After eight years, Sunil Narine has decided to end his international career. August 2019 was his last T20I match as a player for the West Indies.
“I appreciate it has been over four years since I last played for West Indies but today I am announcing my retirement from international cricket,” Narine posted to Instagram. “Publicly I am a man of few words but privately there are a few people who have given me unwavering support throughout my career and helped me realise my dream of representing West Indies and to you I express my deepest gratitude.”
Before making his debut for Trinidad & Tobago in an ODI in December of the same year, Narine gained notoriety in the now-defunct Champions League T20. 122 international matches were played by him; these comprised 65 ODIs, 51 T20Is, and 6 Tests. With nine wickets in the competition, he contributed to the 2012 West Indies T20 World Cup victory, their first World Cup victory in any format since 1979. In 2014, he would participate in just one more T20 World Cup.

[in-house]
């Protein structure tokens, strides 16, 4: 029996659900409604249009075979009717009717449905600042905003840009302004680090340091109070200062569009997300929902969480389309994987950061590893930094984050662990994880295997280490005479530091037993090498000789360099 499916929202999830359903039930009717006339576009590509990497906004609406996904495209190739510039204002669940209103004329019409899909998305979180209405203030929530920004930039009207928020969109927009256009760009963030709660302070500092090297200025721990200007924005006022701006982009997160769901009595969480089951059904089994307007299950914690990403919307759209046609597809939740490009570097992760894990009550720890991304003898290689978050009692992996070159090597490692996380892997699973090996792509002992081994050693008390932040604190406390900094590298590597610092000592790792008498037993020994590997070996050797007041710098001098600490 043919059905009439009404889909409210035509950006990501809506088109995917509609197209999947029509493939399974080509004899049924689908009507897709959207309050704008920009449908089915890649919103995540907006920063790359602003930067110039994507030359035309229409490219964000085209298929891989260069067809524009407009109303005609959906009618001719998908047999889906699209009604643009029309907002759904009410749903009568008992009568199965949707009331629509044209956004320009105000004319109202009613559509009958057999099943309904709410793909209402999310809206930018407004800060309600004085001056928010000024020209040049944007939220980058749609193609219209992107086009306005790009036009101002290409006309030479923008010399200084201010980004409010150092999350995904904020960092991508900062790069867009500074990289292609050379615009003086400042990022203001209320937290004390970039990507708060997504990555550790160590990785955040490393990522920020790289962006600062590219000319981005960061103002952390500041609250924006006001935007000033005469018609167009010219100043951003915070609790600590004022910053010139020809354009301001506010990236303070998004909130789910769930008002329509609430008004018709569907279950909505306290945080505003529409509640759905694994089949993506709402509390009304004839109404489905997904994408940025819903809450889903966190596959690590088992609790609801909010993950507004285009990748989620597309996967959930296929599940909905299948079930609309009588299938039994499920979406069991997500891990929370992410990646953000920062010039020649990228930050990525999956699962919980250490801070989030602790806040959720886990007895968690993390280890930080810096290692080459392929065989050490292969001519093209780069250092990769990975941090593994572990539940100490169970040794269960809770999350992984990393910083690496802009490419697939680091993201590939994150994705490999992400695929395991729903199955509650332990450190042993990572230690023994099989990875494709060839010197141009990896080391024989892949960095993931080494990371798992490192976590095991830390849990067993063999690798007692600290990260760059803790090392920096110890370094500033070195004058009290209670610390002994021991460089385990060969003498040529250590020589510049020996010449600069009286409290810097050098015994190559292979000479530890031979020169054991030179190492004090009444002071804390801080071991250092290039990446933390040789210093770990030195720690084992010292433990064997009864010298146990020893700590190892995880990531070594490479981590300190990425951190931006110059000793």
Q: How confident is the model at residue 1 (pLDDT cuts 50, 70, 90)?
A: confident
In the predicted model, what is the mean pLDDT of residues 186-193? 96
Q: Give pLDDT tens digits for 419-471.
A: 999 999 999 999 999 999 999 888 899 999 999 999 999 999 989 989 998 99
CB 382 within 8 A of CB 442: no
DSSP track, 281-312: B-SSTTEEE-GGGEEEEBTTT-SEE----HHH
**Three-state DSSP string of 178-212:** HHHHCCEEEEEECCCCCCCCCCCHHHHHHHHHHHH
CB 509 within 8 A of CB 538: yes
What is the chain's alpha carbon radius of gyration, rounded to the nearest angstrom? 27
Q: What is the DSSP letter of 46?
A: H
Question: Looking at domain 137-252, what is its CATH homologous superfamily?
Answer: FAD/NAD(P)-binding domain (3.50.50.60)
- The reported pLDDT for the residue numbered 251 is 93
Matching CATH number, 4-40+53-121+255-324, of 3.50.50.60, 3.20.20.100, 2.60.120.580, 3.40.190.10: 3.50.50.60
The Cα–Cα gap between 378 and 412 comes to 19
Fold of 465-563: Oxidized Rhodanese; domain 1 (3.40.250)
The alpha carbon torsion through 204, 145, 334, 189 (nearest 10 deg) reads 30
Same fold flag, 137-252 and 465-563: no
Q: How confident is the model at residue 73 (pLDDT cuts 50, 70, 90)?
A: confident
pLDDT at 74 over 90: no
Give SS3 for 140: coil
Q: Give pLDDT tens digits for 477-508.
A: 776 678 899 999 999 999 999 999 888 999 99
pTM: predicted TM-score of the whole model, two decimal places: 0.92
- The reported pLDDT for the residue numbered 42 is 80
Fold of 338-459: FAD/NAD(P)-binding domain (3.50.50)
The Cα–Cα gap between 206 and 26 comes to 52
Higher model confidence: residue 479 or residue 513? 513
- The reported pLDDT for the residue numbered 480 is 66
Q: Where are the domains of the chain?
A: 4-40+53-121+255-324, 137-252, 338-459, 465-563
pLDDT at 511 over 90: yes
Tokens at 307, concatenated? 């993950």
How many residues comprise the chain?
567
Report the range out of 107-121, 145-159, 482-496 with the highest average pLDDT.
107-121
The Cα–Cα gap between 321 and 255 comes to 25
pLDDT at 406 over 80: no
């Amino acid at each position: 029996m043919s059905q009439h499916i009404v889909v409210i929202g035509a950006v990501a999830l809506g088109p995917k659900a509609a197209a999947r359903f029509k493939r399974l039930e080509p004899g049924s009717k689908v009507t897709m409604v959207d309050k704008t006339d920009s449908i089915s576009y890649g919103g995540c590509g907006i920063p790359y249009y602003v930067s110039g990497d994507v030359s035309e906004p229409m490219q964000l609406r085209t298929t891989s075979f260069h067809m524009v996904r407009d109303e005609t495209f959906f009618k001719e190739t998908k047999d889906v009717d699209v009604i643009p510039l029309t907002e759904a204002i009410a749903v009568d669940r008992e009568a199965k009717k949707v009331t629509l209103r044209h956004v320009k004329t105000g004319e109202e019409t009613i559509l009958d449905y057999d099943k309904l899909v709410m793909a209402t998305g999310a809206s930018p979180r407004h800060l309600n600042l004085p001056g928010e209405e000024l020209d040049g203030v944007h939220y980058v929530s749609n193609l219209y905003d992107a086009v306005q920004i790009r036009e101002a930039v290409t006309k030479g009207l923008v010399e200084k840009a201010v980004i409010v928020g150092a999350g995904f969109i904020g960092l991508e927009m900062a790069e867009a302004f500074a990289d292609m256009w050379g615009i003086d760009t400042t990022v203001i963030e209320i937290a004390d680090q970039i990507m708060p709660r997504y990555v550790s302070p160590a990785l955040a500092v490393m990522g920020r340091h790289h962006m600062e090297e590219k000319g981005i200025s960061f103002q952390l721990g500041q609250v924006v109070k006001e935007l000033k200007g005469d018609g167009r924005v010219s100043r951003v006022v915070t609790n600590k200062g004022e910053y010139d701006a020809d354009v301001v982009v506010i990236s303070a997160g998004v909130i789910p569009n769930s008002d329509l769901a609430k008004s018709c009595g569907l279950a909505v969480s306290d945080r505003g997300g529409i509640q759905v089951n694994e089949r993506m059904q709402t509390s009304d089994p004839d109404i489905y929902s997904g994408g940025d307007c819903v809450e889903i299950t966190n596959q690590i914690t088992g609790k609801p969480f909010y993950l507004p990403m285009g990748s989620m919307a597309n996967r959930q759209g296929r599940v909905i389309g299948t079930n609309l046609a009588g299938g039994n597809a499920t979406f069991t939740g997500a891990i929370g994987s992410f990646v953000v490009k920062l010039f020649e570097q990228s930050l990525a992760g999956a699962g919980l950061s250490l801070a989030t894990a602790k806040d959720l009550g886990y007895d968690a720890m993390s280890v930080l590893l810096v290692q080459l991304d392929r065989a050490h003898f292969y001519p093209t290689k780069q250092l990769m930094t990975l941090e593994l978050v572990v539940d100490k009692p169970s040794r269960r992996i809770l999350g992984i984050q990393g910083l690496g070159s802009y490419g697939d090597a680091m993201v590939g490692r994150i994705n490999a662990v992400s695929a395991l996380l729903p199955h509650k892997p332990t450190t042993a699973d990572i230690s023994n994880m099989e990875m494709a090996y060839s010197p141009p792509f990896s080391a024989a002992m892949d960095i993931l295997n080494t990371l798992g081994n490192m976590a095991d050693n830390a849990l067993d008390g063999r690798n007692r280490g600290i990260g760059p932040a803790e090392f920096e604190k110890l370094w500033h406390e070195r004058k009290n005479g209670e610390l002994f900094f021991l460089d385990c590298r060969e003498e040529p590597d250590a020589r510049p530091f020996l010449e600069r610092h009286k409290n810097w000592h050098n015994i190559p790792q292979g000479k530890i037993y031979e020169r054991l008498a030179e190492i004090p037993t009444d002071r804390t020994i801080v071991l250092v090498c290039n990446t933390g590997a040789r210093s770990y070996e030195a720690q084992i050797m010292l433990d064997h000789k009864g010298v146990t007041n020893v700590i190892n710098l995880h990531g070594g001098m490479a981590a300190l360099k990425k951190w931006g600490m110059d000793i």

Narine has been a consistent member of the Kolkata Knight Riders team since 2012. He is now well-known around the T20 international circuit, and for the foreseeable future, this will be “business as usual” for him. He is still playing for the Knight Riders teams in the Major League Cricket (MLLC) in Los Angeles, the Caribbean Premier League’s Trinbago, the IPL’s KKR, and the International League T20’s Abu Dhabi. In addition, he plays in the Bangladesh Premier League, Pakistan Super League, Big Bash League, and the Hundred men’s competition for Oval Invincibles.
Narine withdrew from the ODI World Cup the following year after he was initially reported for acting suspiciously in 2014. That contributed to his irregular overseas appearances.
Narine, who is 35 years old, is also aiming for a domestic trophy.
“[My father] is ever present with me when I take to the field and I am indebted to his support and love, which carried me through the times I questioned whether the pursuit of my dreams was really worth it,” he wrote in his letter. “I love representing Trinidad & Tobago, the country of my birth, and to add another title by winning the Super50 Cup will be the perfect send-off.”
His final match in List A cricket will be the current Super50 Cup.